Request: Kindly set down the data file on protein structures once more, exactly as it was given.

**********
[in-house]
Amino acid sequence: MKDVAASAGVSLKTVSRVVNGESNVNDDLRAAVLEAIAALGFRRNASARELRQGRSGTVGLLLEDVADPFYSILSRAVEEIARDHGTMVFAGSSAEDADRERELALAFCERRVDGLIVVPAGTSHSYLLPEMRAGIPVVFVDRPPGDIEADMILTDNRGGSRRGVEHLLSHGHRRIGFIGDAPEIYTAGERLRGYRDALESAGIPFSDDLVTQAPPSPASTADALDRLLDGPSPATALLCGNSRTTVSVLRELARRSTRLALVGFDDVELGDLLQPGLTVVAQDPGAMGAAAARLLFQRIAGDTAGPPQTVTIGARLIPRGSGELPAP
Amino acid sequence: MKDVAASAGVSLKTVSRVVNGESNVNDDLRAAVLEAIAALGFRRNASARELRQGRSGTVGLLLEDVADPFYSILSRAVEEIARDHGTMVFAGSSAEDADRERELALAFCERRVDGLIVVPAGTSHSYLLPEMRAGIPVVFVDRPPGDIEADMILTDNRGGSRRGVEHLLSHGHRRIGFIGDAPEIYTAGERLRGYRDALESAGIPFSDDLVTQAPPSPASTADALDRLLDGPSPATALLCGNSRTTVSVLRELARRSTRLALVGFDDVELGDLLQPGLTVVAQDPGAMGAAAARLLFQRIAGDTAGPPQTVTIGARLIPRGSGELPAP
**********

[in-house]
Amino acid sequence: MKDVAASAGVSLKTVSRVVNGESNVNDDLRAAVLEAIAALGFRRNASARELRQGRSGTVGLLLEDVADPFYSILSRAVEEIARDHGTMVFAGSSAEDADRERELALAFCERRVDGLIVVPAGTSHSYLLPEMRAGIPVVFVDRPPGDIEADMILTDNRGGSRRGVEHLLSHGHRRIGFIGDAPEIYTAGERLRGYRDALESAGIPFSDDLVTQAPPSPASTADALDRLLDGPSPATALLCGNSRTTVSVLRELARRSTRLALVGFDDVELGDLLQPGLTVVAQDPGAMGAAAARLLFQRIAGDTAGPPQTVTIGARLIPRGSGELPAP
Amino acid sequence: MKDVAASAGVSLKTVSRVVNGESNVNDDLRAAVLEAIAALGFRRNASARELRQGRSGTVGLLLEDVADPFYSILSRAVEEIARDHGTMVFAGSSAEDADRERELALAFCERRVDGLIVVPAGTSHSYLLPEMRAGIPVVFVDRPPGDIEADMILTDNRGGSRRGVEHLLSHGHRRIGFIGDAPEIYTAGERLRGYRDALESAGIPFSDDLVTQAPPSPASTADALDRLLDGPSPATALLCGNSRTTVSVLRELARRSTRLALVGFDDVELGDLLQPGLTVVAQDPGAMGAAAARLLFQRIAGDTAGPPQTVTIGARLIPRGSGELPAP